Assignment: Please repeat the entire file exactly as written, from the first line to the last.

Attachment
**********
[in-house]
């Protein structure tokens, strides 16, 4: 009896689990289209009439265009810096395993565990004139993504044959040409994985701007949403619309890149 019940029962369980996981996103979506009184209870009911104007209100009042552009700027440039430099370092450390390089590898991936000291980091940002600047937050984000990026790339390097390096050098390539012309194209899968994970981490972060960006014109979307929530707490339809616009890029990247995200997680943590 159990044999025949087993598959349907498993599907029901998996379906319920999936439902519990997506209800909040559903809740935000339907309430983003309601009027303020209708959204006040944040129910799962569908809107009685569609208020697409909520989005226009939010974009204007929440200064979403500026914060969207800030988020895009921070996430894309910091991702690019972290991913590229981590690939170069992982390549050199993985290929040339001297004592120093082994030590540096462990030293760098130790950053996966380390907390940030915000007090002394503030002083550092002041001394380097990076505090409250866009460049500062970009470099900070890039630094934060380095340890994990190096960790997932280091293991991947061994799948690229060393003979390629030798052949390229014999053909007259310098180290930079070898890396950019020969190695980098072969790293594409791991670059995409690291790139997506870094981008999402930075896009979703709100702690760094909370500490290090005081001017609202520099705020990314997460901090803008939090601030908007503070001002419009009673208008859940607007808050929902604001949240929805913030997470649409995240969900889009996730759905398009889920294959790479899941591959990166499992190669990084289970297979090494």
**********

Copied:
[in-house]
């Protein structure tokens, strides 16, 4: 009896689990289209009439265009810096395993565990004139993504044959040409994985701007949403619309890149 019940029962369980996981996103979506009184209870009911104007209100009042552009700027440039430099370092450390390089590898991936000291980091940002600047937050984000990026790339390097390096050098390539012309194209899968994970981490972060960006014109979307929530707490339809616009890029990247995200997680943590 159990044999025949087993598959349907498993599907029901998996379906319920999936439902519990997506209800909040559903809740935000339907309430983003309601009027303020209708959204006040944040129910799962569908809107009685569609208020697409909520989005226009939010974009204007929440200064979403500026914060969207800030988020895009921070996430894309910091991702690019972290991913590229981590690939170069992982390549050199993985290929040339001297004592120093082994030590540096462990030293760098130790950053996966380390907390940030915000007090002394503030002083550092002041001394380097990076505090409250866009460049500062970009470099900070890039630094934060380095340890994990190096960790997932280091293991991947061994799948690229060393003979390629030798052949390229014999053909007259310098180290930079070898890396950019020969190695980098072969790293594409791991670059995409690291790139997506870094981008999402930075896009979703709100702690760094909370500490290090005081001017609202520099705020990314997460901090803008939090601030908007503070001002419009009673208008859940607007808050929902604001949240929805913030997470649409995240969900889009996730759905398009889920294959790479899941591959990166499992190669990084289970297979090494």